By Mohamed Siali
Sebt Ait Rahou, Morocco, Dec 18 (EFE).- Saad Kataloni – his eyes red, his face pale – looks out at the barren landscape passing by the window of a bus that is headed back to his village in central Morocco from Dakhla, 1,800 kilometers away in Western Sahara. He replays scenes of wild seas and death in his mind, memories from just five days earlier of his failed attempt to set sail in a dinghy for the Canary Islands and the promised land of Europe.
The 19-year-old, who only survived thanks to the life jacket he had on, saw with his own eyes how his friends drowned when the boat sank shortly after leaving port because it was carrying too many passengers.
Now, back in his hometown in a part of Morocco where many dream of emigrating, he is looking for ways to make a living without being forced to abandon his homeland. The alternative, he says, “is like paying to die.”
He has no intention of trying the crossing again, the world’s most perilous migratory route that claimed the lives of at least 785 people between January and October, according to the International Organization for Migration, although the true toll is likely to be far higher.
It is November 17, and Efe joined Saad on his bus journey from Dakhla to Sebt ait Rahou, a village 150 kilometers southwest of the capital Rabat. He is carrying nothing except the clothes on his back and a blanket he got from an elderly beggar woman at a road stop.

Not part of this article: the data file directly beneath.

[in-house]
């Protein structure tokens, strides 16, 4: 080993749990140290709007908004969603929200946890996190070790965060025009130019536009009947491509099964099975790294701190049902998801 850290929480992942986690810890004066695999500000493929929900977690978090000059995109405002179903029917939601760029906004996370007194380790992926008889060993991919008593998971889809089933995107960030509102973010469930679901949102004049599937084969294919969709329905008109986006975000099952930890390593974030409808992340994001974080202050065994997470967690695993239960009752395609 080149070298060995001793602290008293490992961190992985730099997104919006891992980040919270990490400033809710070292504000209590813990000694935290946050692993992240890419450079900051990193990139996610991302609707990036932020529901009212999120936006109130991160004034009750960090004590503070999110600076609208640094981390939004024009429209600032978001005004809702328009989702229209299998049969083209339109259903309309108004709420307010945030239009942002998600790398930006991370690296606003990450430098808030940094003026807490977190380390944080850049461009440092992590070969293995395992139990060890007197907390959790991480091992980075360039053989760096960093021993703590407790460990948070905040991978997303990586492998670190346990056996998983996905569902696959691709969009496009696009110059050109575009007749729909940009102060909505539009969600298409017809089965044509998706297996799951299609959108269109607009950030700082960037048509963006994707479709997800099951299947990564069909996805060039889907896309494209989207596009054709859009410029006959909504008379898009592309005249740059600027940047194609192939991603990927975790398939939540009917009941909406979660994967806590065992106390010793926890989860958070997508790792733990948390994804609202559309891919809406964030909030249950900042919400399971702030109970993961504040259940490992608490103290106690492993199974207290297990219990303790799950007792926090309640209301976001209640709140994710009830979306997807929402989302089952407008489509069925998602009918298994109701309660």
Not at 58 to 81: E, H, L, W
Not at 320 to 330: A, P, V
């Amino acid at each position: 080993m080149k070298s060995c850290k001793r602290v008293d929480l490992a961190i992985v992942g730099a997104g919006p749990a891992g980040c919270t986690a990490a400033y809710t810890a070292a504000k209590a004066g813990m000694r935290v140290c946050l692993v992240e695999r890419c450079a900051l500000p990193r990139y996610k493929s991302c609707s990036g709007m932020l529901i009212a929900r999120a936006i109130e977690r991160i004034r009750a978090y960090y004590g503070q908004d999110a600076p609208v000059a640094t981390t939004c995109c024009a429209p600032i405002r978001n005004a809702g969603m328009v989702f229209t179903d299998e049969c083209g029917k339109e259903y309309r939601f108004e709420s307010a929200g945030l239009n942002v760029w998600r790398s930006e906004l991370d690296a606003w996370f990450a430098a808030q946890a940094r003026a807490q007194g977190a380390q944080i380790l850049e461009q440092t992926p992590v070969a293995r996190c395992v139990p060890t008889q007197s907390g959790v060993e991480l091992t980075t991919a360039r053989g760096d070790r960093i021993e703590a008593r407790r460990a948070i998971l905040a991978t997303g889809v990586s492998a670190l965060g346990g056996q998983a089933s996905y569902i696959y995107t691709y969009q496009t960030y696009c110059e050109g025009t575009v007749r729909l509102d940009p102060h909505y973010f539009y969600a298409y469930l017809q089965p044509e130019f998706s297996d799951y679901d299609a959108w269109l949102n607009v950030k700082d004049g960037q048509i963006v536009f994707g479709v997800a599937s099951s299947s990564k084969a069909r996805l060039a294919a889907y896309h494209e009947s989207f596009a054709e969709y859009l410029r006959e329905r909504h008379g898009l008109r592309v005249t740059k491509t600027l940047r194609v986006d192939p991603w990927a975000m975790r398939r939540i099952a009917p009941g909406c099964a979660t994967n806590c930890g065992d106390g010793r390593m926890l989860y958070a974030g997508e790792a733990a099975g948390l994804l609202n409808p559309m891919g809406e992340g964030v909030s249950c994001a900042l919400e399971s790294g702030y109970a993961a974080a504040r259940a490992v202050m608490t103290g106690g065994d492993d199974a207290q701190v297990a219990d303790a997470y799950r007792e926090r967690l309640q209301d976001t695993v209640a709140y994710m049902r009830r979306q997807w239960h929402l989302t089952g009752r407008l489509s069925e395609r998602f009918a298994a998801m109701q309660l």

His family had sent him the money for the trip after the dinghy sank, he remembers, still in a state of shock.
“More migrants boarded than expected,” he told Efe on the bus. “After setting sail, some fifty yards from the shore, the boat split in two. Many people died”.
Among them were some of his friends who had paid 2,500 euros to board, but their bodies were pushed to the beach by the tide.
“Their parents came to retrieve them. That’s why I decided to go back home,” he said. “I’m not going to venture into a boat again. It’s like paying to die.”
“I am going to return to my village to study and find a job. When I have a salary it will be easier to travel to Europe with a visa,” he added.
Nearly a month after that trip, Efe travels to meet Saad in his town. He has enrolled in a driving school and wants to work as a transporter.
But he complains that even to get a job like this you need to have “connections”. He dropped out of school two years ago, in his senior year, to work as a baker and carpenter.
In Sebt Ait Rahu, home to about 9,000 inhabitants, poverty is evident. The condition of the roads is poor, health services are scarce, street lights are almost non-existent and the internet signal is very weak.
The driver of the only bus connecting the town with Rabat swears every time he goes over a pothole: “May God punish those in charge. Look at what the road is like!”
Over the past few years, many areas of central Morocco have become a focus of the mass exodus of young people to the west or north to embark on boats bound for Spain via the Atlantic or the Mediterranean.
Some will die, others will manage to reach Spain, and the remainder will give up and decide not to risk their lives again. Buaza Ben Anaya, who unsuccessfully tried his luck from his northern city of Tangier two decades ago, is one of those who chose to stay.
The organizer of the trip stole his money and he was unable to reach Europe. At 56, he now has a small kiosk downtown where he sells sweets to students.
“I also planned to emigrate in 1992. The smuggler stole our money, it was 25,000 dirhams (about 2,400 euros at current exchange rates),” Buaza told Efe.
“Young people emigrate due to lack of work. In order to continue their studies, they have to move to another city,” he said.